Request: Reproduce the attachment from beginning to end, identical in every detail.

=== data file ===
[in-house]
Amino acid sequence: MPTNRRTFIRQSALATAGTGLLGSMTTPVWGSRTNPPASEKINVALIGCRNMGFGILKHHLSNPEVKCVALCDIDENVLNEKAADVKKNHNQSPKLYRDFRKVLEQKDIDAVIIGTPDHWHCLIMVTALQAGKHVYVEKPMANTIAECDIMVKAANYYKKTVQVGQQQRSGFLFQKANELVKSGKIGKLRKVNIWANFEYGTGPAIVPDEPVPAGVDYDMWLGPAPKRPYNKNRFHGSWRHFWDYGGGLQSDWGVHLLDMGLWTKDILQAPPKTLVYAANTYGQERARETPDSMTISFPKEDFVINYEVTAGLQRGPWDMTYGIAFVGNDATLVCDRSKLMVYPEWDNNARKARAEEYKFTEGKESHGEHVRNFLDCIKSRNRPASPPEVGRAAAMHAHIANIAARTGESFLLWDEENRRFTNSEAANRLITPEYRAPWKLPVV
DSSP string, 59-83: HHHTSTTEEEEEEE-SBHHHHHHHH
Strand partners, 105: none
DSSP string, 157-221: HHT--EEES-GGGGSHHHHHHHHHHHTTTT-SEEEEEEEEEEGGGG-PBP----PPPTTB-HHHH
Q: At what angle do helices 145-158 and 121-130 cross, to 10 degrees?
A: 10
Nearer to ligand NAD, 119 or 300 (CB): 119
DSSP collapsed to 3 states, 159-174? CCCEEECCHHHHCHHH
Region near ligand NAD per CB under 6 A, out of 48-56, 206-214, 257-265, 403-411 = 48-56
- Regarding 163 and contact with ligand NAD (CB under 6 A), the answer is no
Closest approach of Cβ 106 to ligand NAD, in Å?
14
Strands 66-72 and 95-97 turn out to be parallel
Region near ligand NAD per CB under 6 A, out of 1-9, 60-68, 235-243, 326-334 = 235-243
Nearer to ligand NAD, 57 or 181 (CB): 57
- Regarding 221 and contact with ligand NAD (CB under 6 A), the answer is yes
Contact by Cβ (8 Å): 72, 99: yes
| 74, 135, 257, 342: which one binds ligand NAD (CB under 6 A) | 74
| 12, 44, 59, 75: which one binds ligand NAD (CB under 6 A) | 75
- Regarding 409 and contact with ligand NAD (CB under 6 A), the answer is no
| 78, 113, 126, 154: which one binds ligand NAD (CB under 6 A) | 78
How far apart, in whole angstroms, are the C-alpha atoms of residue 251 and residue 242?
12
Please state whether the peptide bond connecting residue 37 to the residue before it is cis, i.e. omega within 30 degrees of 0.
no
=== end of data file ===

[in-house]
Amino acid sequence: MPTNRRTFIRQSALATAGTGLLGSMTTPVWGSRTNPPASEKINVALIGCRNMGFGILKHHLSNPEVKCVALCDIDENVLNEKAADVKKNHNQSPKLYRDFRKVLEQKDIDAVIIGTPDHWHCLIMVTALQAGKHVYVEKPMANTIAECDIMVKAANYYKKTVQVGQQQRSGFLFQKANELVKSGKIGKLRKVNIWANFEYGTGPAIVPDEPVPAGVDYDMWLGPAPKRPYNKNRFHGSWRHFWDYGGGLQSDWGVHLLDMGLWTKDILQAPPKTLVYAANTYGQERARETPDSMTISFPKEDFVINYEVTAGLQRGPWDMTYGIAFVGNDATLVCDRSKLMVYPEWDNNARKARAEEYKFTEGKESHGEHVRNFLDCIKSRNRPASPPEVGRAAAMHAHIANIAARTGESFLLWDEENRRFTNSEAANRLITPEYRAPWKLPVV
DSSP string, 59-83: HHHTSTTEEEEEEE-SBHHHHHHHH
Strand partners, 105: none
DSSP string, 157-221: HHT--EEES-GGGGSHHHHHHHHHHHTTTT-SEEEEEEEEEEGGGG-PBP----PPPTTB-HHHH
Q: At what angle do helices 145-158 and 121-130 cross, to 10 degrees?
A: 10
Nearer to ligand NAD, 119 or 300 (CB): 119
DSSP collapsed to 3 states, 159-174? CCCEEECCHHHHCHHH
Region near ligand NAD per CB under 6 A, out of 48-56, 206-214, 257-265, 403-411 = 48-56
- Regarding 163 and contact with ligand NAD (CB under 6 A), the answer is no
Closest approach of Cβ 106 to ligand NAD, in Å?
14
Strands 66-72 and 95-97 turn out to be parallel
Region near ligand NAD per CB under 6 A, out of 1-9, 60-68, 235-243, 326-334 = 235-243
Nearer to ligand NAD, 57 or 181 (CB): 57
- Regarding 221 and contact with ligand NAD (CB under 6 A), the answer is yes
Contact by Cβ (8 Å): 72, 99: yes
| 74, 135, 257, 342: which one binds ligand NAD (CB under 6 A) | 74
| 12, 44, 59, 75: which one binds ligand NAD (CB under 6 A) | 75
- Regarding 409 and contact with ligand NAD (CB under 6 A), the answer is no
| 78, 113, 126, 154: which one binds ligand NAD (CB under 6 A) | 78
How far apart, in whole angstroms, are the C-alpha atoms of residue 251 and residue 242?
12
Please state whether the peptide bond connecting residue 37 to the residue before it is cis, i.e. omega within 30 degrees of 0.
no